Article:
Here’s how to celebrate both the Solemnity of the Immaculate Conception and the Second Sunday of Advent.
This coming weekend beings with two big liturgical celebrations – the Solemnity of the Immaculate Conception on Saturday, December 8, and the Second Sunday of Advent on Sunday, December 9. Most of the time, when holy days of obligation fall the day before a Sunday, the obligation is waived. That’s true this year for Catholics is many parts of the world – but not for those in the United States.
Under the title of the Immaculate Conception, Mary is the patroness of the United States, and as a patronal feast, this celebration is obligatory — a holy day of obligation, when Catholics are asked to attend Mass.
But the Sunday obligation is no less binding. Any ordinary Sunday takes precedence over any feast that falls on the same day, except the Solemnities of the Lord. But the Sundays of Advent and Lent (and the day of Easter, which always falls on a Sunday) take preferences, in the ranking of feasts, over all other feasts – that’s how important these days are to our faith life.
So for US Catholics, this weekend brings two opportunities (and obligations) to celebrate the Eucharist. There are many options for fulfilling this dual obligation, but one thing that won’t work is trying to make one Mass satisfy both obligations.
Depending on local parish schedules – this is a good time to check your bulletin or parish webpage! – US Catholics can attend Mass:
- on Friday evening, December 7 – this will be a Vigil Mass for the Solemnity of the Immaculate Conception – and again on Saturday evening, December 8 (the Vigil Mass for the Second Sunday of Advent) or at any Mass on Sunday, December 9 (the Second Sunday of Advent)
- on Saturday, December 8, during the day (for the Solemnity of the Immaculate Conception), and again on Saturday evening, December 8 (the Vigil Mass for the Second Sunday of Advent) or at any Mass on Sunday, December 9 (the Second Sunday of Advent)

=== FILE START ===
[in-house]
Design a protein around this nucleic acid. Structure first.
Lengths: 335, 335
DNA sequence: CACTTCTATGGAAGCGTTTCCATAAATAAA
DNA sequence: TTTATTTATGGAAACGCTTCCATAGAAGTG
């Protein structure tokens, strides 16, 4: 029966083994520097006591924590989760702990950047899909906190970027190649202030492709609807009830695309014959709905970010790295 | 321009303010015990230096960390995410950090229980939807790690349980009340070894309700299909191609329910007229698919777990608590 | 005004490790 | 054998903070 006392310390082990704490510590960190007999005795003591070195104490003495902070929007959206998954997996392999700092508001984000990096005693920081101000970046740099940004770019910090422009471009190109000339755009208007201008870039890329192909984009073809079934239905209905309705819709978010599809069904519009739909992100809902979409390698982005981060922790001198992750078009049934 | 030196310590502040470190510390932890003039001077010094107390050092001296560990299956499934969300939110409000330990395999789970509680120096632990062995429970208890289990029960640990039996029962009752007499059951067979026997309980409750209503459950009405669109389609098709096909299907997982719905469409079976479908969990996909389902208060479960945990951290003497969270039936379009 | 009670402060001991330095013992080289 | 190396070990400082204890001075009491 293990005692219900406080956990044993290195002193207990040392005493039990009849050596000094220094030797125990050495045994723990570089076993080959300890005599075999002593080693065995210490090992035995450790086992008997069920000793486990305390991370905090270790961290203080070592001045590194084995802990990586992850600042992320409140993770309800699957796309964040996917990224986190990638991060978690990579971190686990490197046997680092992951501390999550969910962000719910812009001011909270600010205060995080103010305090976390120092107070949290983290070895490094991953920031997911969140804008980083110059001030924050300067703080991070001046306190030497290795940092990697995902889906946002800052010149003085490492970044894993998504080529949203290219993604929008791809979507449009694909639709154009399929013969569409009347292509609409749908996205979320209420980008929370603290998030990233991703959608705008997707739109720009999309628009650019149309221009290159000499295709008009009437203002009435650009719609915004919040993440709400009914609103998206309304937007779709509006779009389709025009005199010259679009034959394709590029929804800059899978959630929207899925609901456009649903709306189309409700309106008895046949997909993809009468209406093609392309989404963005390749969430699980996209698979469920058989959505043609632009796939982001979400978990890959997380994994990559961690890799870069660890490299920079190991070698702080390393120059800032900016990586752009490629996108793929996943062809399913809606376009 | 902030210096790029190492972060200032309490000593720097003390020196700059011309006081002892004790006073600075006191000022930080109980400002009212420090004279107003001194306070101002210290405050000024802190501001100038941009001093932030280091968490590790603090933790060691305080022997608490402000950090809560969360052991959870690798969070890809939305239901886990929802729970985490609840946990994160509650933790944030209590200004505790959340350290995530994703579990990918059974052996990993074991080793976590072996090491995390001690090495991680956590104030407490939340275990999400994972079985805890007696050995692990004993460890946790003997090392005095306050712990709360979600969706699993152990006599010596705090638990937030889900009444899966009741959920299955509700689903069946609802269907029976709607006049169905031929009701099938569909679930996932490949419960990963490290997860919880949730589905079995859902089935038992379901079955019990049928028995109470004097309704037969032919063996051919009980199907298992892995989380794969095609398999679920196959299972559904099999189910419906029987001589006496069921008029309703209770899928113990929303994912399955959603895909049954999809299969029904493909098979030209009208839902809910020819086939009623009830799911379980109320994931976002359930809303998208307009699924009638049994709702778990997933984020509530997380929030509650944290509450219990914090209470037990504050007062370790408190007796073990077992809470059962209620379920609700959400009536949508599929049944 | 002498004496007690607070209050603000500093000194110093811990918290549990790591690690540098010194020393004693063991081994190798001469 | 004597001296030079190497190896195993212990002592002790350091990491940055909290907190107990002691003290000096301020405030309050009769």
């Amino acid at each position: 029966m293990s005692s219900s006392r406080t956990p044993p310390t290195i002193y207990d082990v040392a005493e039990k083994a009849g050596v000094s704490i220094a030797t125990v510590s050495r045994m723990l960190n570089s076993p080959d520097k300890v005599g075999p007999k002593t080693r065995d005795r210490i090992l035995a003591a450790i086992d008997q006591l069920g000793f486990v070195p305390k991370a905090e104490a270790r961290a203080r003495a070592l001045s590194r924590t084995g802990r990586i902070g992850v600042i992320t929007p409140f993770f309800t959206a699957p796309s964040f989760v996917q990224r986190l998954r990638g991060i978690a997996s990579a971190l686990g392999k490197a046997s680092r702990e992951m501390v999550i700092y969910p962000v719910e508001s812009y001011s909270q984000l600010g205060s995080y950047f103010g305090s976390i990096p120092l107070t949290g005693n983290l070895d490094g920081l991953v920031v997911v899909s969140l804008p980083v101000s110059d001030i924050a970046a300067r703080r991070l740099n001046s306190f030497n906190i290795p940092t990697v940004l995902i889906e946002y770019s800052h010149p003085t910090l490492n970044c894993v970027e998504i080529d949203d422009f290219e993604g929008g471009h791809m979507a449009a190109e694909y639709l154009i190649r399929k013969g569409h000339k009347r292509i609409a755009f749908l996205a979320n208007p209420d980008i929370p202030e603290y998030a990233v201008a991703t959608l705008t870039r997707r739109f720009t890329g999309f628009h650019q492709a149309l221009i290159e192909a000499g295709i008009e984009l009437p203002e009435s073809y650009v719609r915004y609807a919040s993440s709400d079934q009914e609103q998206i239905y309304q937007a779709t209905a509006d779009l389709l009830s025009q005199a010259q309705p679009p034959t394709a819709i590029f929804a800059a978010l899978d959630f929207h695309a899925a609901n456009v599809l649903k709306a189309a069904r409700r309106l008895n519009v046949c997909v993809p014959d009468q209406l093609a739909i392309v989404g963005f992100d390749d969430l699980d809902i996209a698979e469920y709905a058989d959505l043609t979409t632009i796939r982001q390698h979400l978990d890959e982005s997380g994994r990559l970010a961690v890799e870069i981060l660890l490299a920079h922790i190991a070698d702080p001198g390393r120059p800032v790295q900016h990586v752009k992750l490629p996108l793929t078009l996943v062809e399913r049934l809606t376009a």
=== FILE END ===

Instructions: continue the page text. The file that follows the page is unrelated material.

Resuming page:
These options will allow you to hear the readings, prayers, and hymns particular to both feasts.
If your parish offers limited times for celebrating the holy day of obligation, you may attend one Mass on Saturday evening, December 8, for the Immaculate Conception, and another Mass any time on Sunday, December 9, for the Second Sunday of Advent. You will probably hear the readings, prayers, and hymns for the Second Sunday of Advent at both these Masses, but it will fulfill the obligation.
Usually, to fulfill an obligation, a Mass must have the readings and prayers proper of the feast being celebrated. Hence, for example, a late Saturday wedding Mass would not satisfy the obligation of Sunday. The situation of this weekend is unique.
If you choose this latter option, you might want to read the readings for the Solemnity of the Immaculate Conception, here, and pray a Rosary in honor of Mary’s feast.
A few other things to remember about the Solemnity of the Immaculate Conception:
- Although we hear the Gospel of Mary’s virginal conception of Jesus at the Mass for this feast, the doctrine of the Immaculate Conception refers to Mary’s own conception in her mother’s womb. As a sign of the saving grace Jesus was bringing into the world, Mary was preserved from the stain of original sin (“immaculate” means “without stain”) from the very first moment of her being.
- The doctrine of the Immaculate Conception was infallibly declared by Pope Pius XI in 1854, but the belief that Mary was spared from sin was long held by the Eastern Churches, by Church Fathers, and by many religious, especially the Franciscans.
- Mary is associated with the title of the Immaculate Conception in many apparitions and devotions. When she appeared to St. Juan Diego as Our Lady of Guadalupe, he was on his way home from celebrating Mass for the Feast of the Immaculate Conception, a holy day kept by the Spanish long before it became a universal feast. Appearing to St. Bernadette at Lourdes, Mary identified herself by saying “I am the Immaculate Conception” – a title only recently acknowledged by the pope and one that Bernadette herself would not have recognized.
- In 1847 (before the pope had declared the doctrine to be universal), the Bishops of the United States published a decree, approved by the pope, placing the United States under the patronage of Mary Immaculate. The Basilica of the National Shrine of the Immaculate Conception in Washington, D.C., is dedicated to Mary under this patronal title. It is the largest Catholic church in the United States, and features artwork donated by Catholics in all 50 states.
- Other nations officially dedicated to the Immaculate Conception include Brazil, Korea, the Philippines, and Spain, with many others claiming Mary Immaculate as their unofficial patron.